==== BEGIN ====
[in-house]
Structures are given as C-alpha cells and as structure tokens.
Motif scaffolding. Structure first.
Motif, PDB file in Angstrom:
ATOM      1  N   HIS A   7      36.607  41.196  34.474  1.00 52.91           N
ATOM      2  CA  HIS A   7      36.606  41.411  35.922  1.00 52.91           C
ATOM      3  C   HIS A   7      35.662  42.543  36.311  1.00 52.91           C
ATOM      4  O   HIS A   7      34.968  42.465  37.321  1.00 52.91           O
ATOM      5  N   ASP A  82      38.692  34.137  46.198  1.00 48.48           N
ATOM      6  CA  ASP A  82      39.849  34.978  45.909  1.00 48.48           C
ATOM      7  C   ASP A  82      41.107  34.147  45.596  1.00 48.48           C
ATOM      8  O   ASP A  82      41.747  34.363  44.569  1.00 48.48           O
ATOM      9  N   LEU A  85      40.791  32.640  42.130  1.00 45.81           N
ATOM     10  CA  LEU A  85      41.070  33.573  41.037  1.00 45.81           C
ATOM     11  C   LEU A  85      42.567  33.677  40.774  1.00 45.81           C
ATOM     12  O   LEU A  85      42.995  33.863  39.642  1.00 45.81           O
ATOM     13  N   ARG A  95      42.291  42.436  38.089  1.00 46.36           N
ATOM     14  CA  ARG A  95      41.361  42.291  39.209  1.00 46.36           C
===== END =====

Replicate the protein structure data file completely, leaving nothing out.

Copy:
[in-house]
Structures are given as C-alpha cells and as structure tokens.
Motif scaffolding. Structure first.
Motif, PDB file in Angstrom:
ATOM      1  N   HIS A   7      36.607  41.196  34.474  1.00 52.91           N
ATOM      2  CA  HIS A   7      36.606  41.411  35.922  1.00 52.91           C
ATOM      3  C   HIS A   7      35.662  42.543  36.311  1.00 52.91           C
ATOM      4  O   HIS A   7      34.968  42.465  37.321  1.00 52.91           O
ATOM      5  N   ASP A  82      38.692  34.137  46.198  1.00 48.48           N
ATOM      6  CA  ASP A  82      39.849  34.978  45.909  1.00 48.48           C
ATOM      7  C   ASP A  82      41.107  34.147  45.596  1.00 48.48           C
ATOM      8  O   ASP A  82      41.747  34.363  44.569  1.00 48.48           O
ATOM      9  N   LEU A  85      40.791  32.640  42.130  1.00 45.81           N
ATOM     10  CA  LEU A  85      41.070  33.573  41.037  1.00 45.81           C
ATOM     11  C   LEU A  85      42.567  33.677  40.774  1.00 45.81           C
ATOM     12  O   LEU A  85      42.995  33.863  39.642  1.00 45.81           O
ATOM     13  N   ARG A  95      42.291  42.436  38.089  1.00 46.36           N
ATOM     14  CA  ARG A  95      41.361  42.291  39.209  1.00 46.36           C